BETWEEN PAGES 


. xvi and i 


. 96 


.. 97 


. 112 


„ 113 


. 128 


„ 129 


. 160 


„ 161 


. 192 


„ 193 


. 224 


), 225 


. 256 


,. 257 


. 288 


„ 289 


. 352 


.. 353 


• 384 


,, 385 


. 416 


„ 417 




PAGE 




2 






4 






7 






II 






17 






21 






23 






30 






32 






33 






34 






40 






42 






44 






46 






48 






52 



XIV 



The Continent of Europe 



Atlantic storm tracks 

European temperatures 

Rainfall of Europe . 

North-eastern France 

Relations of Rhine, Rhone, and Danube 

Iron gates on Danube 

Contour map of Russia 

Existing glaciers and ancient ice sheet in Europe 

Russian belts of vegetation 

Geometrical centre of Europe 

Mediterranean area . 

Po and Piave basins 

Tectonic map of Italy 

Malarial districts of Italy 

Rainfall and temperature of Turin and Naples 

Venice : the islands, canals, and lagoon 

The Quadrilateral .... 

Portion of the coast of Norway 

Viking raiding-routes 

Site of Christiania .... 

Site of Stockholm .... 

Annual rainfall map of the Baltic region 

The Bosphorus .... 

Isthmus of Corinth ship-canal 

The Golden Horn .... 

Orographic structure of the Balkan Peninsula 

Dalmatian coast .... 

Shrinking of Turkey in Europe 

Mouths of the Danube 

Lower Danube .... 

Kazan or Klisura Canal, near Orsova 

Site of Belgrade .... 

Existing and proposed railways (Balkan) 

Athens and Piraeus .... 

Lower Tagus, showing the Mar da Palha . 

Physical structure of the Iberian Peninsula . 

Temperature and rainfall of Coimbra and Madrid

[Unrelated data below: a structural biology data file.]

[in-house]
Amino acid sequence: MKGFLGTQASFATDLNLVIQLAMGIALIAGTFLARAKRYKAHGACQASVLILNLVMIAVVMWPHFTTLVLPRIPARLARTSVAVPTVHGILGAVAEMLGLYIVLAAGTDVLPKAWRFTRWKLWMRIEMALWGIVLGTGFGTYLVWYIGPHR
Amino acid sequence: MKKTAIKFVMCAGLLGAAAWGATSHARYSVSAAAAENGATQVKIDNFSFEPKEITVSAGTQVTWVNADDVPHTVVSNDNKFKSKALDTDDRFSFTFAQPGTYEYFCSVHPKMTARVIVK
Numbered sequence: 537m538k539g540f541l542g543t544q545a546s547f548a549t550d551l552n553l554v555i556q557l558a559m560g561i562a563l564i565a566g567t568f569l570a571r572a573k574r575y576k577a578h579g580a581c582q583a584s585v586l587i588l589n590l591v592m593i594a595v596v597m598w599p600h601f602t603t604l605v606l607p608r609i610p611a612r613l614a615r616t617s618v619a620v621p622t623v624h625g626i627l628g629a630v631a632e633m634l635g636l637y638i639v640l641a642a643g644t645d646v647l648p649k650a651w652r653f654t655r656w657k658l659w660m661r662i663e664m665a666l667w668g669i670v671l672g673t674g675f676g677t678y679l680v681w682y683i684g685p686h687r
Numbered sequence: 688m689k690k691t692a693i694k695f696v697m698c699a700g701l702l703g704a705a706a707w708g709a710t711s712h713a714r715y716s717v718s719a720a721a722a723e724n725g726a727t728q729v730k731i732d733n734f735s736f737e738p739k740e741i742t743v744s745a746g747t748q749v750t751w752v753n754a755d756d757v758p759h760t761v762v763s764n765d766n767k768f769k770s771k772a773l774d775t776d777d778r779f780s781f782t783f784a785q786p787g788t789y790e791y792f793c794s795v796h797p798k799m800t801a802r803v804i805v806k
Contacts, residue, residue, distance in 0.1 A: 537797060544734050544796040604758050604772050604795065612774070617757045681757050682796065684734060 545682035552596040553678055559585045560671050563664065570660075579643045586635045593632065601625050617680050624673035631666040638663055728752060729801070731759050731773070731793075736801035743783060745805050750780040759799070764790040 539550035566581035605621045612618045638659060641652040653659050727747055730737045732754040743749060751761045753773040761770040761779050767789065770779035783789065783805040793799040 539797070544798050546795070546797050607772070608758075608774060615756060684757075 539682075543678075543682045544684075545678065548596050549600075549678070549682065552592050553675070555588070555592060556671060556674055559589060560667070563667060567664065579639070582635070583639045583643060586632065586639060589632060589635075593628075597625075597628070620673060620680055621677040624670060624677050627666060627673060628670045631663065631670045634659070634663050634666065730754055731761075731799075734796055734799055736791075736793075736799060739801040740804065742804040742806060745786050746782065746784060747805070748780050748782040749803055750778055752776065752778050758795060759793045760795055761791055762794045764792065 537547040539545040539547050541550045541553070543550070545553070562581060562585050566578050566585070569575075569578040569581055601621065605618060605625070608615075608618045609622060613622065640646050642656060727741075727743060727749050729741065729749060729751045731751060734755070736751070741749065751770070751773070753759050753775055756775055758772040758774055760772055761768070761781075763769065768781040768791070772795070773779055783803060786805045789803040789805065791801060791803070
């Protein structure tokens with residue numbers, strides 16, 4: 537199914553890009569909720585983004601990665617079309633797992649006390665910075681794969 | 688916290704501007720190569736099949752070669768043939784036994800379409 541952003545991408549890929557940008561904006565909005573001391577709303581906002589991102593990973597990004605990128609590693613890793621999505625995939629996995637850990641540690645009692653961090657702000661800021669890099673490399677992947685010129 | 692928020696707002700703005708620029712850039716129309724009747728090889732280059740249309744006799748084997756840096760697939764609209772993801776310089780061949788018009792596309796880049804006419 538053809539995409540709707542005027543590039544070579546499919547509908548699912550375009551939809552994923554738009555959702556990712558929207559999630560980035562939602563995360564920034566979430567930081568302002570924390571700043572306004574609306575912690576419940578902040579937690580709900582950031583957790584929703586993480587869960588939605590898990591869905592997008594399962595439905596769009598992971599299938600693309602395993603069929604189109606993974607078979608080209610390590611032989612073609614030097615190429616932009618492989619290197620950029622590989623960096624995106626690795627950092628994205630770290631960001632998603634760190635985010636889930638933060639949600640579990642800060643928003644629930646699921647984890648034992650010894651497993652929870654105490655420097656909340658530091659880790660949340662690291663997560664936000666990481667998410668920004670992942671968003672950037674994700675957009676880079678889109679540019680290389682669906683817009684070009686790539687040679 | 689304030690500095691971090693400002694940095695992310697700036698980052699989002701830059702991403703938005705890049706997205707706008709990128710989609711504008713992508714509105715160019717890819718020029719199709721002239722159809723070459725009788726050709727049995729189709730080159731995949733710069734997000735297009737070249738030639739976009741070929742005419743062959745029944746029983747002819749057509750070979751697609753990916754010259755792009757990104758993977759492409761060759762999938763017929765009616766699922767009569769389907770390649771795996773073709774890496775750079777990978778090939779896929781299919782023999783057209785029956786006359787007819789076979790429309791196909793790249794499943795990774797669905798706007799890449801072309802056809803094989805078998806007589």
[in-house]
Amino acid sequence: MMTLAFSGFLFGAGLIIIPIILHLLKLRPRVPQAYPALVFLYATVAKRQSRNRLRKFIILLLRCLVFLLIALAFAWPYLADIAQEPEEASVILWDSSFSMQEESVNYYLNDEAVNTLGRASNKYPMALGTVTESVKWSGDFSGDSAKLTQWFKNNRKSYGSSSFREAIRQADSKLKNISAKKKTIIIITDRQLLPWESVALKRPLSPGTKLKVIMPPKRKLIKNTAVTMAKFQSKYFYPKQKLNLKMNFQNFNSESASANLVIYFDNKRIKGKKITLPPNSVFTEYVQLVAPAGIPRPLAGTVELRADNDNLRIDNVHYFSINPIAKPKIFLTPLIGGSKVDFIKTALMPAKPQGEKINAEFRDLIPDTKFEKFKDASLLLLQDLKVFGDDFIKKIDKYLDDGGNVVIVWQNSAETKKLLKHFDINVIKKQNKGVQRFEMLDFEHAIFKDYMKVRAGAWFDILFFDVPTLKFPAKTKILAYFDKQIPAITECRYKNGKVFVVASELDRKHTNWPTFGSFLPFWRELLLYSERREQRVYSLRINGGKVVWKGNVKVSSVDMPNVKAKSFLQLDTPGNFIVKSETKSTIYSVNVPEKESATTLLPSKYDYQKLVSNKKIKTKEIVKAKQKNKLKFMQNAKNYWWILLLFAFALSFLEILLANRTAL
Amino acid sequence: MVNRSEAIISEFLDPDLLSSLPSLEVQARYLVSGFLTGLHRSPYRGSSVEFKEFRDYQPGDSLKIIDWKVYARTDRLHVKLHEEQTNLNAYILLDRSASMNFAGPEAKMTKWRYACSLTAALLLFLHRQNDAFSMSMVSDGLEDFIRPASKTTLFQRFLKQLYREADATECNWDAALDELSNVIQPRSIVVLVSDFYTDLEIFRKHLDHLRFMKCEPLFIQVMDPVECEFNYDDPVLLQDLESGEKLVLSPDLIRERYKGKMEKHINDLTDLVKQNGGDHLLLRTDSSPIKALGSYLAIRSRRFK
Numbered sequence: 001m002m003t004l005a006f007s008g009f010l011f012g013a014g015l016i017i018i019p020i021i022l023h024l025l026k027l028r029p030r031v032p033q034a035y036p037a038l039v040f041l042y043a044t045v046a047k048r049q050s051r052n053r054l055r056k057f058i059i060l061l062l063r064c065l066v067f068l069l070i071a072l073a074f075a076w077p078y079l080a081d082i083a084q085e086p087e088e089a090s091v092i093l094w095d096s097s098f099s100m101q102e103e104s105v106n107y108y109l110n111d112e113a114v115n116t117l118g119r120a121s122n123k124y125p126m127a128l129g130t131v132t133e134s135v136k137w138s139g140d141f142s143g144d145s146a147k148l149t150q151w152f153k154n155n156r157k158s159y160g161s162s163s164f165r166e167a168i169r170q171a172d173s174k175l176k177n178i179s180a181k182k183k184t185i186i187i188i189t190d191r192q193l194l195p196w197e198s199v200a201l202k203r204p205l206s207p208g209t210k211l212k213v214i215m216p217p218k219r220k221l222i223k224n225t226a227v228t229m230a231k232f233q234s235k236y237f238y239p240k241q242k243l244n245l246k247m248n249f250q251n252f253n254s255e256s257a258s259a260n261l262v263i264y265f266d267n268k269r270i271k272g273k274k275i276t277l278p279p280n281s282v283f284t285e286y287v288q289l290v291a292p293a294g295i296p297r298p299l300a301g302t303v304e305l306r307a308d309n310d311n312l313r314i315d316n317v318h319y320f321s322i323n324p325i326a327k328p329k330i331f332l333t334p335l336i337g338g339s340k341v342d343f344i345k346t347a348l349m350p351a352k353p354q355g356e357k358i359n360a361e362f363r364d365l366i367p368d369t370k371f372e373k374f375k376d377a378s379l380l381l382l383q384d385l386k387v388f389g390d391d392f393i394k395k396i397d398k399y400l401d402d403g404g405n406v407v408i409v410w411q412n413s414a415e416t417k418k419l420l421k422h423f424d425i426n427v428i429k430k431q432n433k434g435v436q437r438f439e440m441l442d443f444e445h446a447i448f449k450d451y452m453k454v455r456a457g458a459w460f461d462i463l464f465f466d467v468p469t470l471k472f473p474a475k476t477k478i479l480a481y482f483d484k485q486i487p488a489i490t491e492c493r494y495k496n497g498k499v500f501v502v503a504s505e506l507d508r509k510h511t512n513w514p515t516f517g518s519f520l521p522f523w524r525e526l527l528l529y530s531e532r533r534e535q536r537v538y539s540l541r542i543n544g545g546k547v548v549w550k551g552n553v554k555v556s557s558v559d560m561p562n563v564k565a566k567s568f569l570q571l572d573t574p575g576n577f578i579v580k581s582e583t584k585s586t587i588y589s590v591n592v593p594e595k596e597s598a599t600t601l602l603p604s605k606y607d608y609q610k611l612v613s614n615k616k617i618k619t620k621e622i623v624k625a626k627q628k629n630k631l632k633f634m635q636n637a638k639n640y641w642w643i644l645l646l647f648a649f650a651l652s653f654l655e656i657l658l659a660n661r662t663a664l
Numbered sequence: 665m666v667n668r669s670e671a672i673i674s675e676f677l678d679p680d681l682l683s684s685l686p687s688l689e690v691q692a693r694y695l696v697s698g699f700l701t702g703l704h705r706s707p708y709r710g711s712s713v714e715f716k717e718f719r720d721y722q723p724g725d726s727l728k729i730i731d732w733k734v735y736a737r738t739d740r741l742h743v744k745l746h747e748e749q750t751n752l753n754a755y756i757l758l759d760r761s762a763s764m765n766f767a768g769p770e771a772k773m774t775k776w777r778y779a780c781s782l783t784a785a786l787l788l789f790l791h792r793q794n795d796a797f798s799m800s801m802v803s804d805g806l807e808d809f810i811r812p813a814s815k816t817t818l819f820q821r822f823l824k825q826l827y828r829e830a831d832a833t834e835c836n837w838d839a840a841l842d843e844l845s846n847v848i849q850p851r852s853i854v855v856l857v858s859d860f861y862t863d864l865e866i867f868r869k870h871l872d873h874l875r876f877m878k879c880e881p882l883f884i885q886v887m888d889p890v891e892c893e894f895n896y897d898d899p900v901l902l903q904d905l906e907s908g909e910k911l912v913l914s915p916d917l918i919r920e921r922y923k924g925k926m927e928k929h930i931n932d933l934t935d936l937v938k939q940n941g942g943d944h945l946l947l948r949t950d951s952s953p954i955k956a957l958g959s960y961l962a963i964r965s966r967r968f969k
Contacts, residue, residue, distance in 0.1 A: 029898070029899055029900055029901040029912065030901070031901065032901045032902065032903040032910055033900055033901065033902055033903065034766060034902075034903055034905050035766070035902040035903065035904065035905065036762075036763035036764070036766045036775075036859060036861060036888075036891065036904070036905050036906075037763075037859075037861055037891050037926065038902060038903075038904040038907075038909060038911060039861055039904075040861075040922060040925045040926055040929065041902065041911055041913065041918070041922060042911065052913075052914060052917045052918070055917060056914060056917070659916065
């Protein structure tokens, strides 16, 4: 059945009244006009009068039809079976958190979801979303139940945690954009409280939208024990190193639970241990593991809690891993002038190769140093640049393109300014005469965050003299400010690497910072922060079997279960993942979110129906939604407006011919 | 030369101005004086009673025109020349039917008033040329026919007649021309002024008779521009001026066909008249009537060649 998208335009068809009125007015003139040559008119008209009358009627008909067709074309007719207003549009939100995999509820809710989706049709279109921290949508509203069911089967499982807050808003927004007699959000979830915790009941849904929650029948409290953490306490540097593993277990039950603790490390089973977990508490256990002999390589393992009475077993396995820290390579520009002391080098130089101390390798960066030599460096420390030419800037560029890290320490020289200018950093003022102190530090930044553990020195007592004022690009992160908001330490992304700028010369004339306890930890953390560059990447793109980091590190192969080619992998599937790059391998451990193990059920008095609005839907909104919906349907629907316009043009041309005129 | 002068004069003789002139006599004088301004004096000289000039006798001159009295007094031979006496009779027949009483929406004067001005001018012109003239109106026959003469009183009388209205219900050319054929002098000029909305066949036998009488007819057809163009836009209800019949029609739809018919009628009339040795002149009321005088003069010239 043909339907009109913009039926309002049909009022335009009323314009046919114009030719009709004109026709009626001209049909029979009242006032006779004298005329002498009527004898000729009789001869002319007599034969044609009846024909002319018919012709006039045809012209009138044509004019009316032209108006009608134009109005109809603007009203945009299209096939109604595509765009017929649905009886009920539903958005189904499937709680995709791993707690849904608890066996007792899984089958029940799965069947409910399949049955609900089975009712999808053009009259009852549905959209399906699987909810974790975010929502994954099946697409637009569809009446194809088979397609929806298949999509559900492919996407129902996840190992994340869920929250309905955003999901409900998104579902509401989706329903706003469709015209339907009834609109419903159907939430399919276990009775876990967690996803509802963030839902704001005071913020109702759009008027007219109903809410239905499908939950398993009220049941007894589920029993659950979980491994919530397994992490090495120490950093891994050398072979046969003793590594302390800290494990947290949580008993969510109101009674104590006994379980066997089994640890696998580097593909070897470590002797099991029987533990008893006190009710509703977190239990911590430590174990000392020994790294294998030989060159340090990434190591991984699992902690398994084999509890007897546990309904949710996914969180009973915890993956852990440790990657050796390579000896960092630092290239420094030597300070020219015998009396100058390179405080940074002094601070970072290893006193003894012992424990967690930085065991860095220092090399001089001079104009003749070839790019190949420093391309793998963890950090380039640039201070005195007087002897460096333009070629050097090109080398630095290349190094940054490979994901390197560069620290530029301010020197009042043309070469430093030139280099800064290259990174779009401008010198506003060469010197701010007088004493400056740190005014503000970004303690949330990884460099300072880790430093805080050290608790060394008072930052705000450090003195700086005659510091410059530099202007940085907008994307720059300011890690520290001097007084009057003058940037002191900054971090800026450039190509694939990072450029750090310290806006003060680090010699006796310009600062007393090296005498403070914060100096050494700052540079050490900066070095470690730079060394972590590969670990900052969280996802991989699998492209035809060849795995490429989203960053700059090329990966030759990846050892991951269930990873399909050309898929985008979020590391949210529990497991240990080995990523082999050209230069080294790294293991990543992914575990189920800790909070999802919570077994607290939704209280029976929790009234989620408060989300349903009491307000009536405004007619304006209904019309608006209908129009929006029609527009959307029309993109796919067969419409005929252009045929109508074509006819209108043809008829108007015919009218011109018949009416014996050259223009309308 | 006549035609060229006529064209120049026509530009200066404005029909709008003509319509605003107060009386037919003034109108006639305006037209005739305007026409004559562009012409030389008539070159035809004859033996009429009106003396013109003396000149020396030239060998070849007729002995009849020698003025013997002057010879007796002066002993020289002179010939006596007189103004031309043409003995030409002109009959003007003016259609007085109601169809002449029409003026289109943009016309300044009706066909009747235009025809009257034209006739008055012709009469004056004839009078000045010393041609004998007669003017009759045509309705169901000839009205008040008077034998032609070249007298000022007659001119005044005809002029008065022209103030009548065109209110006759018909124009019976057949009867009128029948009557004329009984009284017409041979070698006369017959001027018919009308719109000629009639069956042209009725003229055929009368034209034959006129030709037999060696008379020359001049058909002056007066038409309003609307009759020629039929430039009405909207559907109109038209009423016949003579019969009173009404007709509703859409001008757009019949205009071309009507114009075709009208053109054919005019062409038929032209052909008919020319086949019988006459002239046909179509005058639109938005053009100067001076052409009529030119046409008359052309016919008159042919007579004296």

Harbour of San Sebastian . 

Strait of Gibraltar .... 

Structure of France .... 

Peripheral distribution of French towns 

Annual rainfall of France and Spain 

Rainfall and temperature of Paris and Marseilles 

Distribution of the vine in France . 



PACK 

S3 
54 
56 
63 
65 
67 
68 
69 

73 
80 

83 
86 
88 
90 
92 
100 

lOI 

106 
108 
109 
no 

112 
124 
126 
127 
129 
130 
135 
137 
140 
144 

153 

162 

163 
169 
176 
181 
197 
199 
201 
202 
209 



Illustrations 

Railways of France . 

Natural divisions of England 

Midland valley of Scotland . 

Structural map of the London basin 

Seasonal isotherms (British) . 

Winter gulf of warmth in North Atlantic 

London .... 

Structural map of the Hampshire basin 

Map of Bristol and the lower Avon . 

South Wales coal-field 

The Tyne and Wear ports . 

Ship-canal. Mersey estuary as far as the " Bottle Inch" 

Annual rainfall of the British Isles . 

Isthmian Canal routes (British) 

Land area round Scheldt estuary before 1 2th century 

Land area round Scheldt estuary at present day 

Antwerp and its forts 

Relief of Holland . 

Railway and steamer routes in Denmark 

Rivers of the North German plain . 

Kiel or Kaiser Wilhelm Canal 

Natural divisions of Germany 

Temperature and rainfall of Hamburg and Berlin 

Site of Hamburg 

Agricultural map of Germany 

Surroundings of Berlin 

Ruhr coal-field 

Bonn-Bingen Gorge 

Industrial area of Saxony and Silesia 

Rainfall and temperature of Vienna and Trieste 

Austria- Hungary — density of population 

Austria- Hungary, showing countries and provinces 

Relations of Austria proper to Bohemia and Moravia 

The Karst .... 

Longitudinal routes of the Tauern . 

Main surface features of Switzerland 

St. Gothard tunnel . 

Religions of Switzerland 

Languages of Switzerland . 

Site of St. Petersburg 

European Russia — density of population 

Rainfall and temperature of Moscow and Sebastopol 

Central Russia, showing the area of over 6cx3 feet elevation 

Railways of European Russia . . , . 



XV 

PAGE 
214 
223 
226 
228 
230 

236 
237 
239 
240 
242 

245 
248 

253 
253 
254 
264 

275 
284 
289 
292 
301 

303 
308 
316 

323 
326 

335 
345 
347 
355 
359 
363 
367 
376 
387 
398 

399 
404 
409 
412 

413 
418 



Lydc's Continent of Europe. 



ERRATA 

Page 37, for " Creuzot " read " Creusot." 

Page 263, 2nd line from bottom, for " affected " read " effected." 

Page 286, for " Warte " read " Warthe."